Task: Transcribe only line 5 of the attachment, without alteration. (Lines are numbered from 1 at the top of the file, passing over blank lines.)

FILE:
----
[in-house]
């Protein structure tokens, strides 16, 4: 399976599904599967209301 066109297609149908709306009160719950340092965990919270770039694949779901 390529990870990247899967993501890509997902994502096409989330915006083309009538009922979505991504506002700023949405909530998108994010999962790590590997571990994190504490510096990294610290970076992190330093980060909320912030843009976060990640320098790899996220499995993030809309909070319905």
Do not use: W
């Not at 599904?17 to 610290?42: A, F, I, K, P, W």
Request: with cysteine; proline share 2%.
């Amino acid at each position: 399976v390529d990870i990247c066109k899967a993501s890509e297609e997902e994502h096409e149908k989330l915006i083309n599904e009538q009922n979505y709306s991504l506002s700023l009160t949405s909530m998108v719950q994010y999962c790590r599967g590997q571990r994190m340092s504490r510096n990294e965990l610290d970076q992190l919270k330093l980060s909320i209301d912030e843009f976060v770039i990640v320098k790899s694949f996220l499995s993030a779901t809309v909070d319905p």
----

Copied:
Request: with cysteine; proline share 2%.